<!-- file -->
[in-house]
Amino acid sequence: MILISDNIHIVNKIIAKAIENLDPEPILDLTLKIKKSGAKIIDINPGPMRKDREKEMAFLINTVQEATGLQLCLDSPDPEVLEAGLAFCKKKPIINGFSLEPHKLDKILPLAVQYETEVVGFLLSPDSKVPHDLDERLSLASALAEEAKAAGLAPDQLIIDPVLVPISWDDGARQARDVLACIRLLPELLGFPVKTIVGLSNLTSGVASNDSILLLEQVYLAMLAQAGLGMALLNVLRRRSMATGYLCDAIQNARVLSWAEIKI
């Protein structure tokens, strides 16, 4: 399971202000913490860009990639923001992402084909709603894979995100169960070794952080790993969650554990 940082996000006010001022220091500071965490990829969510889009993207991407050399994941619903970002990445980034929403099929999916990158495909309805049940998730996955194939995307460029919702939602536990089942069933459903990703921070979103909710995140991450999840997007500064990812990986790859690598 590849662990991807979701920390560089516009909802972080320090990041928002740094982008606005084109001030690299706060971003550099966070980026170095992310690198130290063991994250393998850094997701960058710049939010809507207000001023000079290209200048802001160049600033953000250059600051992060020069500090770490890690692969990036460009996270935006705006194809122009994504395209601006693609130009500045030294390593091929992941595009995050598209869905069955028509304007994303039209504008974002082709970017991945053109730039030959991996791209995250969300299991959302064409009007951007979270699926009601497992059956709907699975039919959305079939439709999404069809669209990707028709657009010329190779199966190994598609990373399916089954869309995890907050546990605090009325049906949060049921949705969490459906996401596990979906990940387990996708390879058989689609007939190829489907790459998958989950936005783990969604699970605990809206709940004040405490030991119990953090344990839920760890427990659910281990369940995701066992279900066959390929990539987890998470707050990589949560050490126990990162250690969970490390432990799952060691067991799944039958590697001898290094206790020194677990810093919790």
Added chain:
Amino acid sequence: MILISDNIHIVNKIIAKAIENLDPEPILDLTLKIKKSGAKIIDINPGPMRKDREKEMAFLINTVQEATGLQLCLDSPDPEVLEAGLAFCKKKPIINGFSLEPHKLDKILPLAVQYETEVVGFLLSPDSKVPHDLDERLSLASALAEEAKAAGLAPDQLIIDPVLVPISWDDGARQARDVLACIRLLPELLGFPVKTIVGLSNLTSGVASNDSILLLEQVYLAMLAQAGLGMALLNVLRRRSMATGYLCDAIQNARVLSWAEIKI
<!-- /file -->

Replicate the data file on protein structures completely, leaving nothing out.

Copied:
[in-house]
Amino acid sequence: MILISDNIHIVNKIIAKAIENLDPEPILDLTLKIKKSGAKIIDINPGPMRKDREKEMAFLINTVQEATGLQLCLDSPDPEVLEAGLAFCKKKPIINGFSLEPHKLDKILPLAVQYETEVVGFLLSPDSKVPHDLDERLSLASALAEEAKAAGLAPDQLIIDPVLVPISWDDGARQARDVLACIRLLPELLGFPVKTIVGLSNLTSGVASNDSILLLEQVYLAMLAQAGLGMALLNVLRRRSMATGYLCDAIQNARVLSWAEIKI
């Protein structure tokens, strides 16, 4: 399971202000913490860009990639923001992402084909709603894979995100169960070794952080790993969650554990 940082996000006010001022220091500071965490990829969510889009993207991407050399994941619903970002990445980034929403099929999916990158495909309805049940998730996955194939995307460029919702939602536990089942069933459903990703921070979103909710995140991450999840997007500064990812990986790859690598 590849662990991807979701920390560089516009909802972080320090990041928002740094982008606005084109001030690299706060971003550099966070980026170095992310690198130290063991994250393998850094997701960058710049939010809507207000001023000079290209200048802001160049600033953000250059600051992060020069500090770490890690692969990036460009996270935006705006194809122009994504395209601006693609130009500045030294390593091929992941595009995050598209869905069955028509304007994303039209504008974002082709970017991945053109730039030959991996791209995250969300299991959302064409009007951007979270699926009601497992059956709907699975039919959305079939439709999404069809669209990707028709657009010329190779199966190994598609990373399916089954869309995890907050546990605090009325049906949060049921949705969490459906996401596990979906990940387990996708390879058989689609007939190829489907790459998958989950936005783990969604699970605990809206709940004040405490030991119990953090344990839920760890427990659910281990369940995701066992279900066959390929990539987890998470707050990589949560050490126990990162250690969970490390432990799952060691067991799944039958590697001898290094206790020194677990810093919790």
Added chain:
Amino acid sequence: MILISDNIHIVNKIIAKAIENLDPEPILDLTLKIKKSGAKIIDINPGPMRKDREKEMAFLINTVQEATGLQLCLDSPDPEVLEAGLAFCKKKPIINGFSLEPHKLDKILPLAVQYETEVVGFLLSPDSKVPHDLDERLSLASALAEEAKAAGLAPDQLIIDPVLVPISWDDGARQARDVLACIRLLPELLGFPVKTIVGLSNLTSGVASNDSILLLEQVYLAMLAQAGLGMALLNVLRRRSMATGYLCDAIQNARVLSWAEIKI